Perinatal Mental Health
& Birth Trauma

What is perinatal mental health & birth trauma?

Some of our team of therapists specialise in working with those living with anxiety, depression, distress, and trauma-related symptoms as a result of their experience of conception and the perinatal period. This may include experiences relating to:

  • Infertility & IVF
  • Miscarriage or pregnancy loss
  • Fear of giving birth
  • Admission to a Neonatal Intensive Care Unit (NICU)
  • Difficult and intense emotions after birth
  • Post-traumatic stress disorder (PTSD) and birth trauma
  • Postnatal depression 
  • Having additional children

Our therapists aim is to provide a safe space for you to explore the complex thoughts and feelings that arise from these experiences. We offer support to mothers, fathers, families, and couples and recognise that these experiences affect all members of the family in different ways. 

The narrative surrounding birth is that it’s supposed to be one of the happiest experiences of your life, but at least 1 in 4 of those who have babies experience some parts of their birth as traumatic; it’s thought that a further 1 in 25 women of this group may develop post-traumatic stress disorder (PTSD). While the research in this area isn’t as established as it needs to be, we are increasingly aware that fathers encounter PTSD and postnatal depression too. For numerous reasons, fathers often don’t feel as able to express their feelings or reach out to ask for help, particularly when they are supporting a partner who is also struggling.

We are aware that the process of becoming a parent can bring great joy but it also encompasses profound feelings of confusion, out of control feelings, and feeling of guilt, helplessness and fear. This can be from the stages of trying to conceive, throughout pregnancy, giving birth and the postnatal period after birth. ‘Perinatal mental health difficulties’ refers to issues which occur during pregnancy or during the first year following childbirth and applies to both men and women. Perinatal mental health difficulties impact up to 20% of mothers and fathers and can have long-term effects on both the parent and child if left untreated. 


What are some of the experiences you might be struggling with?

For some people, birth trauma can lead to experiences of PTSD. Some symptoms of PTSD include re-experiencing the traumatic events, avoiding anything associated with a traumatic event, and constantly feeling under threat. They may have thoughts or feelings about life that are intensely negative or even feelings of hopelessness, numbness and emptiness. It may be that you do not experience all of the symptoms of PTSD, but you still feel damaged by your pregnancy and birth experience. You may find that your emotions may be affecting you months or even years after giving birth. For many people who experience these sorts of difficulties and don’t seek help, they can be prevented from having further children or feel terrified about their next birth experience. For those who do go on to have another child, it inevitably increases the likelihood of the following experience also being complicated and difficult.

What you find traumatic cannot be dictated by other people. We at Serendipity Psychology understand that your experience is your experience and your feelings and thoughts surrounding your pregnancy and birth may need exploration and support.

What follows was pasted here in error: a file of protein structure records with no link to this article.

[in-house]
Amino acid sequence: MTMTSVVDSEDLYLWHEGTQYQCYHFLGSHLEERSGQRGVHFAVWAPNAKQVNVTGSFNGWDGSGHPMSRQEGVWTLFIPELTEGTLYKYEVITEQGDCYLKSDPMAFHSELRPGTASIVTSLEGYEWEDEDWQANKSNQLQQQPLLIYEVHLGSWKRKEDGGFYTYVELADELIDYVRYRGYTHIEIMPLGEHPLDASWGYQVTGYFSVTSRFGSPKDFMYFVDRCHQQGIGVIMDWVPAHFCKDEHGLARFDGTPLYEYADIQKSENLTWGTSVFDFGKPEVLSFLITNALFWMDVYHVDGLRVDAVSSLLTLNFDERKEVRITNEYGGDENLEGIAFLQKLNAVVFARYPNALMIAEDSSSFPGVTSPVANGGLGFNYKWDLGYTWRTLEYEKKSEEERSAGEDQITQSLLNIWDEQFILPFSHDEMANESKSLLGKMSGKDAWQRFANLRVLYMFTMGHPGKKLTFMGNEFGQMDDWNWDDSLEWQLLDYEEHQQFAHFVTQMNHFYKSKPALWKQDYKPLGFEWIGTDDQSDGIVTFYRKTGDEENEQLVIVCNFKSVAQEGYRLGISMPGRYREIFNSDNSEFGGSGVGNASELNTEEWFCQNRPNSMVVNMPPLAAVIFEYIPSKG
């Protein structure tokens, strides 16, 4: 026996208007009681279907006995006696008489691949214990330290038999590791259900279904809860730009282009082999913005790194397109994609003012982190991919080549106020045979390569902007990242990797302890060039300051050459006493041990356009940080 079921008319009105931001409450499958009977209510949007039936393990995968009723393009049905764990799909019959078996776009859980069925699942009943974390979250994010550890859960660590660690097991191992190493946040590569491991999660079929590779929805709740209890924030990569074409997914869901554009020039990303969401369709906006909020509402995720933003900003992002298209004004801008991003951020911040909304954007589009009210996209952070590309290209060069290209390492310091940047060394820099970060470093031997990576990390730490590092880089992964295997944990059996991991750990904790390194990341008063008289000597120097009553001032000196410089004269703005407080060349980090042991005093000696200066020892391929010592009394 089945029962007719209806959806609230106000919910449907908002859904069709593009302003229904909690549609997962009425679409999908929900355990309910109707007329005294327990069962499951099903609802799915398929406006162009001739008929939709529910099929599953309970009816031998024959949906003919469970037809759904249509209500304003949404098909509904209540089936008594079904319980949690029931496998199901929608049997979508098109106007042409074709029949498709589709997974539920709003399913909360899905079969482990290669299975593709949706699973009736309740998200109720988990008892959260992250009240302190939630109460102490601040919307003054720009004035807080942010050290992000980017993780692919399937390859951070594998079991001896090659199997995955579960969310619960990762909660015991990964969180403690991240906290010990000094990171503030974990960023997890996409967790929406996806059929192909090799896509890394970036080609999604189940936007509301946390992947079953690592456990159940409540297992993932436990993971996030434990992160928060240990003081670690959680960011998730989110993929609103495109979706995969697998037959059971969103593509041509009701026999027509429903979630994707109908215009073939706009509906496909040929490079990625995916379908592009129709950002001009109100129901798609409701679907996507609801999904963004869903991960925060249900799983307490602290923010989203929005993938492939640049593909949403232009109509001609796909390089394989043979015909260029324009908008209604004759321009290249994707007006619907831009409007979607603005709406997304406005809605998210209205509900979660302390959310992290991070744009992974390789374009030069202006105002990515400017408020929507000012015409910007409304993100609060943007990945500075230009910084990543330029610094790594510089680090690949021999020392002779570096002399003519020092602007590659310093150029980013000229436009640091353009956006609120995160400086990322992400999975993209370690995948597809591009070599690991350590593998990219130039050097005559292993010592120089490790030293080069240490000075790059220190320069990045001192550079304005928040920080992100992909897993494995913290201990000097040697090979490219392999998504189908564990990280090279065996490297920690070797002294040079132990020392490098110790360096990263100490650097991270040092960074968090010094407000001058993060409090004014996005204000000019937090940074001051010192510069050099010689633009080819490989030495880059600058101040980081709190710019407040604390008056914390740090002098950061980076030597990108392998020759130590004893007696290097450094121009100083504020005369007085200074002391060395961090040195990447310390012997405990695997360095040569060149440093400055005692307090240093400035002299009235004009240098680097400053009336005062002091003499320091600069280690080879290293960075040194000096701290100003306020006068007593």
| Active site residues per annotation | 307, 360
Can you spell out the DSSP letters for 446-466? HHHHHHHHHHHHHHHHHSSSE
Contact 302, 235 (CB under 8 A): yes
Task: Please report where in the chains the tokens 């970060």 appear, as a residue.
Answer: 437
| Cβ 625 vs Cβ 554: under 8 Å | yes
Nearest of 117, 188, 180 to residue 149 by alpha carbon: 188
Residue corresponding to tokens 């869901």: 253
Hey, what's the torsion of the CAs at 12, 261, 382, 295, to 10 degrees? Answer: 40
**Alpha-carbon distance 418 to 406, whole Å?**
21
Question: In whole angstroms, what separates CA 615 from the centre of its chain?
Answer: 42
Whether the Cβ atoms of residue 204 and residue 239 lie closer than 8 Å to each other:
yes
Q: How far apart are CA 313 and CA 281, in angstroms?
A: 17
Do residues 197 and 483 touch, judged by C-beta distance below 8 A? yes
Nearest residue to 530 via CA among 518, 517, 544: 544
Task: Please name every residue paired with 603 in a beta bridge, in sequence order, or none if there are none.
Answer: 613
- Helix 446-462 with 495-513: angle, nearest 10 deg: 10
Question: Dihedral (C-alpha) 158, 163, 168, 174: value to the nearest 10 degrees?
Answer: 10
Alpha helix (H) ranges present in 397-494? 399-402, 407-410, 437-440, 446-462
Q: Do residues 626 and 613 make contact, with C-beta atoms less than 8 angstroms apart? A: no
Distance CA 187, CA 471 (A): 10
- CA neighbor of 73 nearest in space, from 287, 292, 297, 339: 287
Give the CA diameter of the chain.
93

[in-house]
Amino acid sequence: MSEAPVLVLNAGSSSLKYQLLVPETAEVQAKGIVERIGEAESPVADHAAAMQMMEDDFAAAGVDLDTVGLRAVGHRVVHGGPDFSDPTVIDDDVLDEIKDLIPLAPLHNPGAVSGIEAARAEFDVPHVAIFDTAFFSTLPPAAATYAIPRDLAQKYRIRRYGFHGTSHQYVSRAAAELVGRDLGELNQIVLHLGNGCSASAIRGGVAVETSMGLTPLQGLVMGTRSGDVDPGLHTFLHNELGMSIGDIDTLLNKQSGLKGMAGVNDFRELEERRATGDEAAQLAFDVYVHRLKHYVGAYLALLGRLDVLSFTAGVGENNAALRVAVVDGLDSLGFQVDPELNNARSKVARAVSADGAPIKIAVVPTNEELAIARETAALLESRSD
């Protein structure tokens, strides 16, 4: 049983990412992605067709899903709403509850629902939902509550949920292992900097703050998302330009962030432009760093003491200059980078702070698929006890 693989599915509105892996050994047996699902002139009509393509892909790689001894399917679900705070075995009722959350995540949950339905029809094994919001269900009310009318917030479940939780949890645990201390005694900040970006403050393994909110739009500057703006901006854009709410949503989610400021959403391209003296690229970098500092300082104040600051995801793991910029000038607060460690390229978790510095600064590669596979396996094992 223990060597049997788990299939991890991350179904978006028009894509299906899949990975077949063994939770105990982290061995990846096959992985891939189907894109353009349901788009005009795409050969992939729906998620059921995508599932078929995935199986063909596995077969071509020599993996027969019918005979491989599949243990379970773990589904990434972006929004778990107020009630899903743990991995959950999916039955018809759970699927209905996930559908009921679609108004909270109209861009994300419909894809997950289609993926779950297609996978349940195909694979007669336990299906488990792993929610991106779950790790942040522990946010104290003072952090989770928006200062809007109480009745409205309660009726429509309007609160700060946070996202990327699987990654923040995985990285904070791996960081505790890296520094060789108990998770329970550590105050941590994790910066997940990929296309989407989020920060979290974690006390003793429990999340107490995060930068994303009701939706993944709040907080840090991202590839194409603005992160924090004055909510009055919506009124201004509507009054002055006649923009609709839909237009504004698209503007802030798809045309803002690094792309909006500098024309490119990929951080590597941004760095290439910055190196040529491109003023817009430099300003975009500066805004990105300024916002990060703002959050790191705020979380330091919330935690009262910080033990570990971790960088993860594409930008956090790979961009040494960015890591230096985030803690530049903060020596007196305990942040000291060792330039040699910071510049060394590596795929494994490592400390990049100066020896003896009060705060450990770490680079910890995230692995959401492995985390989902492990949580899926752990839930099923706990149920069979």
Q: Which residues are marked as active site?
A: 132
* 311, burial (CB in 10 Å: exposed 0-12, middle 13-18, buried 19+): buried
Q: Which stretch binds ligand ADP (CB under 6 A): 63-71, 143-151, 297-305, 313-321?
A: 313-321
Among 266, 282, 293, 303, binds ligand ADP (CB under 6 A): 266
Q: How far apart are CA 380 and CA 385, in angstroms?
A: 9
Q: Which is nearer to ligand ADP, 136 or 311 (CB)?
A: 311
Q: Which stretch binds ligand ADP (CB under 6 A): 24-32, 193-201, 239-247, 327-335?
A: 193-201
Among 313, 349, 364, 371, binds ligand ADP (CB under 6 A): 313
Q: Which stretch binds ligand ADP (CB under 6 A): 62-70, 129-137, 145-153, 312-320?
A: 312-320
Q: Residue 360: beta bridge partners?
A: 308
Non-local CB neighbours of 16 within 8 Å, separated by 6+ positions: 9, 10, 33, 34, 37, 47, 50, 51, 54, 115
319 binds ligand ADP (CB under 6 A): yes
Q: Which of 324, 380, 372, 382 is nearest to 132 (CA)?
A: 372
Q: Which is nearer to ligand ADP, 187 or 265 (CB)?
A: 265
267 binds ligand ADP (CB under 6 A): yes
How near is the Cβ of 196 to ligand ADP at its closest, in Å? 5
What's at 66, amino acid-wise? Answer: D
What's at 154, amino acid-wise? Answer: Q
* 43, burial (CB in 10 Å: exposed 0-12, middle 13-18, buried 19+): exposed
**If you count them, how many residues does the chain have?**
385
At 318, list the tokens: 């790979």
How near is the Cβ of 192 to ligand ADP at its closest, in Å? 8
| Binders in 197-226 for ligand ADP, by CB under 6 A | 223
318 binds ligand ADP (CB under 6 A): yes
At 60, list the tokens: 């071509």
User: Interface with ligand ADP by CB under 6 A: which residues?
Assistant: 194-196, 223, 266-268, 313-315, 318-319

What Kind of approaches might be helpful? 

The National Institute for Health and Care Excellence (NICE) guidelines suggest that women who experience perinatal mental health conditions should be supported with therapy thought to be helpful in working with perinatal issues. This might be cognitive behavioural therapy (CBT), designed to help with the negative spiralling cycle of emotions, thinking and behaviour. More recent versions of CBT therapies, such as Acceptance and Commitment Therapy (ACT) and Compassion-Focussed Therapy (CFT), can mean there are many different ways to support each individual’s specific needs. Another well-known type of therapy that can be helpful is EMDR which is a therapy for processing trauma. More information about these different types of therapy can be found under our ‘Specialist Therapies’ page:


Therapy for families that have spent time in NICU 

For most families who have spent time spent in the NICU, there are unexpected and traumatic outcomes. Our team have developed a passion for supporting parents who have been through the NICU. Whether you had your baby prematurely or your baby at full term and needed medical support in the first moments of your baby’s life, we recognise the experience stays with you and support is often not readily available. We would like to change that and offer support to help you and others to recognise the difficulties these experiences can cause.


Our belief…

We understand that the experience of attempting to conceive, being pregnant, giving birth and having a baby is profoundly life-altering. For many, it presents real conflict about the meaning of life, the trust and confidence we have in our bodies, and the lack of control we really have of our lives. Whether you are a preparing parent who is waiting with anticipation to have a baby, a grieving parent who has lost a pregnancy at any stage in the journey, a parent who has experienced trauma around your pregnancy or birth, or a parent who is struggling after birth, the Serendipity team want to support those who are struggling through the whole journey so that you feel as if your thoughts and feelings are heard and valid. You are not alone, and you do not have to do this alone.


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